4. Get into the great online marketplace. Ecommerce is one of the great opportunities of the internet that is really yet to take off in Nigeria. There has been the historical problem of payment systems that have largely been solved, but there is the much bigger concern over internet fraud and scams that will be harder to overcome. So this particular suggestion is a multipronged one. The payment processors, Interswitch, Valucard and others, show put in place systems and education to help Nigerians be more protected and feel more protected for online transactions. Secondly, there is great opportunity for new entrants into the space to address some of the issues from new and interesting angles, so you bright internet entrepreneurs out there come up with something. Thirdly, if you sell something, please introduce a full online shopping solution, to give the opportunity to get at your products without having to contemplate getting stuck in traffic. Lastly, those of us with buying power should get willing to explore the use of ecommerce and online payment systems. You can start with bill payment which many banks offer and move on to online purchases at sites like www.MegaPlazaMall.com. Having said that, I am not advocating going on a spending spree. Just explore more ways to get your shopping done.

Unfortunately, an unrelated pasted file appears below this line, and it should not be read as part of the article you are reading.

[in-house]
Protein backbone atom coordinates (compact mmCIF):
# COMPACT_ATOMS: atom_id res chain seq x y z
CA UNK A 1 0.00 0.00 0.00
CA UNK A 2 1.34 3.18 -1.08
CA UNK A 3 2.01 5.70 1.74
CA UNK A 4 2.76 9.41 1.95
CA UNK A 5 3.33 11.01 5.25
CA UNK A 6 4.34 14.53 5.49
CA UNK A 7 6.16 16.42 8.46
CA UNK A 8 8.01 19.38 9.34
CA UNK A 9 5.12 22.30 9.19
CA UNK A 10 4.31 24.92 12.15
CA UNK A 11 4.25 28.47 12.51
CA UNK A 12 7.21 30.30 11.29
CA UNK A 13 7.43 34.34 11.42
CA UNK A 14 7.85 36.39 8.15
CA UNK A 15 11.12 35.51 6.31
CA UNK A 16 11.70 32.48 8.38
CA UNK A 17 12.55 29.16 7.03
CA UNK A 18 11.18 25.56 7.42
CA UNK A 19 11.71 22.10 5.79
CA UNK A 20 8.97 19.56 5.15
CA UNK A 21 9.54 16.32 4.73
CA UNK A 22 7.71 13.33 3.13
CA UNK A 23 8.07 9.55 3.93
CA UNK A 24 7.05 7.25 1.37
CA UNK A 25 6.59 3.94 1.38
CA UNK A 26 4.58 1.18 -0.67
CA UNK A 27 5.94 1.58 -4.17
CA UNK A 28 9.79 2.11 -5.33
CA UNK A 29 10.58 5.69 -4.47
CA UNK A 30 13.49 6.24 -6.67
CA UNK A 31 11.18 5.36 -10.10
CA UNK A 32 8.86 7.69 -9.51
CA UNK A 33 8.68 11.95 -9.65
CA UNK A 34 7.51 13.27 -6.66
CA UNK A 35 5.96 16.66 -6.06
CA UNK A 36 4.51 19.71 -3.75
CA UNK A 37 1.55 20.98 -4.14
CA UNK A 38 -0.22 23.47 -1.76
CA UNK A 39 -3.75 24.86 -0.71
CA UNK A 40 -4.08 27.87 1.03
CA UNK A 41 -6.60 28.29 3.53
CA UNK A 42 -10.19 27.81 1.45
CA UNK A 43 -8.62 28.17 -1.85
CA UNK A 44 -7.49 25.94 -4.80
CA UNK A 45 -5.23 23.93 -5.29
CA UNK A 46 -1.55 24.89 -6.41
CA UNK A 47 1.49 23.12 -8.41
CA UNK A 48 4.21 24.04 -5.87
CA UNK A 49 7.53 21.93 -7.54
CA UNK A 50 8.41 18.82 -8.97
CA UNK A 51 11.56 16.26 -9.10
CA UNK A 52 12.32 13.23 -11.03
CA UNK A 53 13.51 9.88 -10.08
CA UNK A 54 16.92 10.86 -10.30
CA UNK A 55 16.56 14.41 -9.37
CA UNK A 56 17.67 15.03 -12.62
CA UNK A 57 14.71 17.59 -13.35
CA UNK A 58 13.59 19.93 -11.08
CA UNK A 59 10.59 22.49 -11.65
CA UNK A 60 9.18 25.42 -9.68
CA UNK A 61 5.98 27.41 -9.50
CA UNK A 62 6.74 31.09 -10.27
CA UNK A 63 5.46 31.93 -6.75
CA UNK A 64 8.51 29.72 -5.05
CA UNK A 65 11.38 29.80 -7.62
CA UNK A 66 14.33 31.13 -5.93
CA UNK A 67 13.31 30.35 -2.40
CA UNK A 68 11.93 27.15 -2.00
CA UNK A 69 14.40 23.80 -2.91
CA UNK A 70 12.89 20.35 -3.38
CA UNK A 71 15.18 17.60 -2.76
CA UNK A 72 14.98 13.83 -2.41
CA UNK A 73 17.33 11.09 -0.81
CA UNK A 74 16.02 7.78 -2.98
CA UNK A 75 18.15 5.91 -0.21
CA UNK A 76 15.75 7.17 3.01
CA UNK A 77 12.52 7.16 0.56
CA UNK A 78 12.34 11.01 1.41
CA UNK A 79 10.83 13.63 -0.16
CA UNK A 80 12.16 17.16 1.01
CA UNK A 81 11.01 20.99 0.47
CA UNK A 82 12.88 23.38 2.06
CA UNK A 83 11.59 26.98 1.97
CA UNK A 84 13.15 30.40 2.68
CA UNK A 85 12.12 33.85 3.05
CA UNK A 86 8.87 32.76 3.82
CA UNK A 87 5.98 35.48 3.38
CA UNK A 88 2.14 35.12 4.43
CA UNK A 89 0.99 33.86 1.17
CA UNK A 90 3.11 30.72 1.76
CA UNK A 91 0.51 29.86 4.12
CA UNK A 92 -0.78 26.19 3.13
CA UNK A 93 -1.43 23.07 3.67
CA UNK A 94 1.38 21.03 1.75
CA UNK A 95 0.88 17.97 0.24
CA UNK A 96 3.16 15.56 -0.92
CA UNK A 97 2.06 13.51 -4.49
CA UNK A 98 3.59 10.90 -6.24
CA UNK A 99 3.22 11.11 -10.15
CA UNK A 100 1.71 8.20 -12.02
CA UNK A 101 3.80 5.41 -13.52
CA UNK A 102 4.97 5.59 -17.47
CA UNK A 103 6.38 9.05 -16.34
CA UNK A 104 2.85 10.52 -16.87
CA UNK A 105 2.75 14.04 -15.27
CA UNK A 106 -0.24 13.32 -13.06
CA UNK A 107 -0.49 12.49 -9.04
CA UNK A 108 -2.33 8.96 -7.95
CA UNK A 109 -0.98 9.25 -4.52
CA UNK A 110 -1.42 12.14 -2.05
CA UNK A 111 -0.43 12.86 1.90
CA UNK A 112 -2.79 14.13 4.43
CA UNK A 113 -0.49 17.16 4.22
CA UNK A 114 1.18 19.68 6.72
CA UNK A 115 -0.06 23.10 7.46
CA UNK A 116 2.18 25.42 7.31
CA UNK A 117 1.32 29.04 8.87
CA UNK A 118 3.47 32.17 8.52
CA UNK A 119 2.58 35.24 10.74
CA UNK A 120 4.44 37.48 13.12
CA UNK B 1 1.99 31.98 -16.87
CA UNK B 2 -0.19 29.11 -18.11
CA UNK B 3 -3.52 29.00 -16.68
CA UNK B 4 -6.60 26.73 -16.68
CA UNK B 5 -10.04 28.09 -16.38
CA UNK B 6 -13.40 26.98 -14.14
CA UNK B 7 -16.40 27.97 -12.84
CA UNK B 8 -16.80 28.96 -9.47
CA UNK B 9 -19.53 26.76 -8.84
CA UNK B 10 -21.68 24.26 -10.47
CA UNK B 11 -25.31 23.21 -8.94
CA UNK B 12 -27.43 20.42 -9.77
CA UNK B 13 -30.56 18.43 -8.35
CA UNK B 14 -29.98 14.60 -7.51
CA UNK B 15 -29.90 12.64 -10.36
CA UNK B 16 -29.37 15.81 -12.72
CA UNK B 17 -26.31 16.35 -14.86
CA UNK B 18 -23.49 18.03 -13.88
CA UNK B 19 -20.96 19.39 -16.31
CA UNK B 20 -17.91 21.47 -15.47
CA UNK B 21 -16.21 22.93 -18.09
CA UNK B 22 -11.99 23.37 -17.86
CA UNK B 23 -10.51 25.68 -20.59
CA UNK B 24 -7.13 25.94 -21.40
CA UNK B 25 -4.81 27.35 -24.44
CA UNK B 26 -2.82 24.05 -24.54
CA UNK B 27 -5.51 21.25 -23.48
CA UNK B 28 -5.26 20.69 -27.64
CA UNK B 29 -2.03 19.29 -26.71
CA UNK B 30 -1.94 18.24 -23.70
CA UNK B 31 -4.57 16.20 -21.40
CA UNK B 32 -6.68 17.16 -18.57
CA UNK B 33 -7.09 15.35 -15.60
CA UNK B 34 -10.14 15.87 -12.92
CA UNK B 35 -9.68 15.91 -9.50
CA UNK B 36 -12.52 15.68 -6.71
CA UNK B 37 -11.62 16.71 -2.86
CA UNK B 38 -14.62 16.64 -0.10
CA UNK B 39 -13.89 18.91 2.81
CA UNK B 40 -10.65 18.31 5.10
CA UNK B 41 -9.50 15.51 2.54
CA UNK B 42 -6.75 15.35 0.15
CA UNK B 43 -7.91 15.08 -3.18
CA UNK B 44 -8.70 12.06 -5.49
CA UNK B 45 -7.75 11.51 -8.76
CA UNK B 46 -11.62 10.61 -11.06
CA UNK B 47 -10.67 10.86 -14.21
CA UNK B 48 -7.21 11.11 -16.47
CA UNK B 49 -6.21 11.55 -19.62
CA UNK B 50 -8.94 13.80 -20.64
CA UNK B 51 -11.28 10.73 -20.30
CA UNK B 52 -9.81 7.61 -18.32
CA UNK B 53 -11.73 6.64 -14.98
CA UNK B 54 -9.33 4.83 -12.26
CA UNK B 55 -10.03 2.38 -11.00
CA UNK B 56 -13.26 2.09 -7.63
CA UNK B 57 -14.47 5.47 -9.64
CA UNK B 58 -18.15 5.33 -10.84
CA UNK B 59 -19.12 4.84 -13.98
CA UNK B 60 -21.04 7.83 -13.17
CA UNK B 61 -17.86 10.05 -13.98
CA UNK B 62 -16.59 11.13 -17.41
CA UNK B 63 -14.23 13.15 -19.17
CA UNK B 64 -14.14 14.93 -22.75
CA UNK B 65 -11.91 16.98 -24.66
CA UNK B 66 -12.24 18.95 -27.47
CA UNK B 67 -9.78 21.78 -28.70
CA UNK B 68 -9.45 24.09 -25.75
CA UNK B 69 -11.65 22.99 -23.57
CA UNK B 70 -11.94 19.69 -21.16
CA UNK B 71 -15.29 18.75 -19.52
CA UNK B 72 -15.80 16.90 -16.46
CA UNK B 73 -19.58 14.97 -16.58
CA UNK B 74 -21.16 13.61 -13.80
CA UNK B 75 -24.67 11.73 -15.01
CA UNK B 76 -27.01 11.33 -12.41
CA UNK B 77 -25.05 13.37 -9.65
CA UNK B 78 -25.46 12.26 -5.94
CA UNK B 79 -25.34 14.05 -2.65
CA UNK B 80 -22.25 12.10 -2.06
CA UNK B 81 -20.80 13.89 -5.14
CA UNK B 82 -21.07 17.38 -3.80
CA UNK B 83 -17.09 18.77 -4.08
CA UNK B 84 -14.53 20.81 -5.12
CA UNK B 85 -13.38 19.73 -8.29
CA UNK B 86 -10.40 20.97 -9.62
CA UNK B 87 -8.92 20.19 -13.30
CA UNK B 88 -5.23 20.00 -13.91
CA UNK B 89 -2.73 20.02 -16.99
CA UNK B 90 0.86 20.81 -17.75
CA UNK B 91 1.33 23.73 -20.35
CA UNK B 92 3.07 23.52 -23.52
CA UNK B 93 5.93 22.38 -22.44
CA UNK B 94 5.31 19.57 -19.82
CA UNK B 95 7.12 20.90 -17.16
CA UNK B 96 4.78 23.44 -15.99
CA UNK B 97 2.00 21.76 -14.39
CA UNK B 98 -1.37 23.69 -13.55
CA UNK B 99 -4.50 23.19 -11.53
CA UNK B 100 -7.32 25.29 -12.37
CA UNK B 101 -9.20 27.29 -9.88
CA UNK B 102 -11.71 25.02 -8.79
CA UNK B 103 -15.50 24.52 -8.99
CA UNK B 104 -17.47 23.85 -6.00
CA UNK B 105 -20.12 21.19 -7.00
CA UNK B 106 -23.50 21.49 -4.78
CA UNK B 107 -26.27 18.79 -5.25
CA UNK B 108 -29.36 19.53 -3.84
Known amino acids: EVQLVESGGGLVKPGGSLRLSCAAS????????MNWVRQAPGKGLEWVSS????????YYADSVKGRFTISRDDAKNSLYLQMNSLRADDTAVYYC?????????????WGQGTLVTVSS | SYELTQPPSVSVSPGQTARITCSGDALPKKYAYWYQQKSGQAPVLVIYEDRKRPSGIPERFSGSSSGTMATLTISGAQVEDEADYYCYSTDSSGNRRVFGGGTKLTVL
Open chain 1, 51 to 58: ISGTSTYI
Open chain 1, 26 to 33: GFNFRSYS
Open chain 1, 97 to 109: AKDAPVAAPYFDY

5. Banks should provide more online services. I know, I know. With the recent issues caused by mismanagement and the CBN’s dealing with those issues and with the job losses in the industry, the banks are not exactly focusing on IT innovations right now. Still to get ahead and stay ahead the banks need to provide new and better ways to get at their services. It is telling that GTB’s website is in the top ten visited sites (at least in December) as reported by Web Trends Nigeria. I bank with GTB and they are miles ahead of my previous bank, Union Bank, in what they provide online. However, I would like to see more. One of the things I found interesting about personal financial management software like Microsoft Money and the new darling on the block – Mint.com, was the ability to integrate with your bank account for budgeting, automated bill payment and a host of other personal services. I would challenge GTB and other banks to look to providing similar services that make their online services richer.